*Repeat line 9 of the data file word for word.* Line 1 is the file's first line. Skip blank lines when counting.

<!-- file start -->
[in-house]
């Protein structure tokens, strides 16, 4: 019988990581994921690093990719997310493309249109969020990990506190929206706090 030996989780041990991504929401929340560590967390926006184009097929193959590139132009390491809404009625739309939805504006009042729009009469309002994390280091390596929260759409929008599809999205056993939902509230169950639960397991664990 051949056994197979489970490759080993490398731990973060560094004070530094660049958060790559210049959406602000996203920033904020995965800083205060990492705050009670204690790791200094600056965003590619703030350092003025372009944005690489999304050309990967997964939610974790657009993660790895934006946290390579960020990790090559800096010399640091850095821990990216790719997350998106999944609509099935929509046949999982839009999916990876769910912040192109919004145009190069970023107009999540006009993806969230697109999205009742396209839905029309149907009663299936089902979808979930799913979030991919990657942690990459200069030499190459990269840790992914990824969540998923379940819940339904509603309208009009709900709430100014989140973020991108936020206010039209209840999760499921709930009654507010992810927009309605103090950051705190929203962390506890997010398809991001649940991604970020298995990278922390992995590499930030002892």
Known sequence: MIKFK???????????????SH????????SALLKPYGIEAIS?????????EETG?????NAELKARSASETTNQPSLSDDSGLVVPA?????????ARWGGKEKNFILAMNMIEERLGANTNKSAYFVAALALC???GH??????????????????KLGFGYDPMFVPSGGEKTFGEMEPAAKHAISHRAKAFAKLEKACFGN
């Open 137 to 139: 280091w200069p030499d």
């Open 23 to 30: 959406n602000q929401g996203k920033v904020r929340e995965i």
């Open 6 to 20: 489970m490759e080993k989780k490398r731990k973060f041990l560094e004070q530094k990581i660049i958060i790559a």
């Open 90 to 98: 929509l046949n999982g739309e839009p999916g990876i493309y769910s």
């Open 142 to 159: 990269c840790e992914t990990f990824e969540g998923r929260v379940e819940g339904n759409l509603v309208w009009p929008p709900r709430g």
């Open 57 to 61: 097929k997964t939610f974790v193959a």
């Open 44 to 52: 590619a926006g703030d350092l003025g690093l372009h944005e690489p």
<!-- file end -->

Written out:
């Open 57 to 61: 097929k997964t939610f974790v193959a």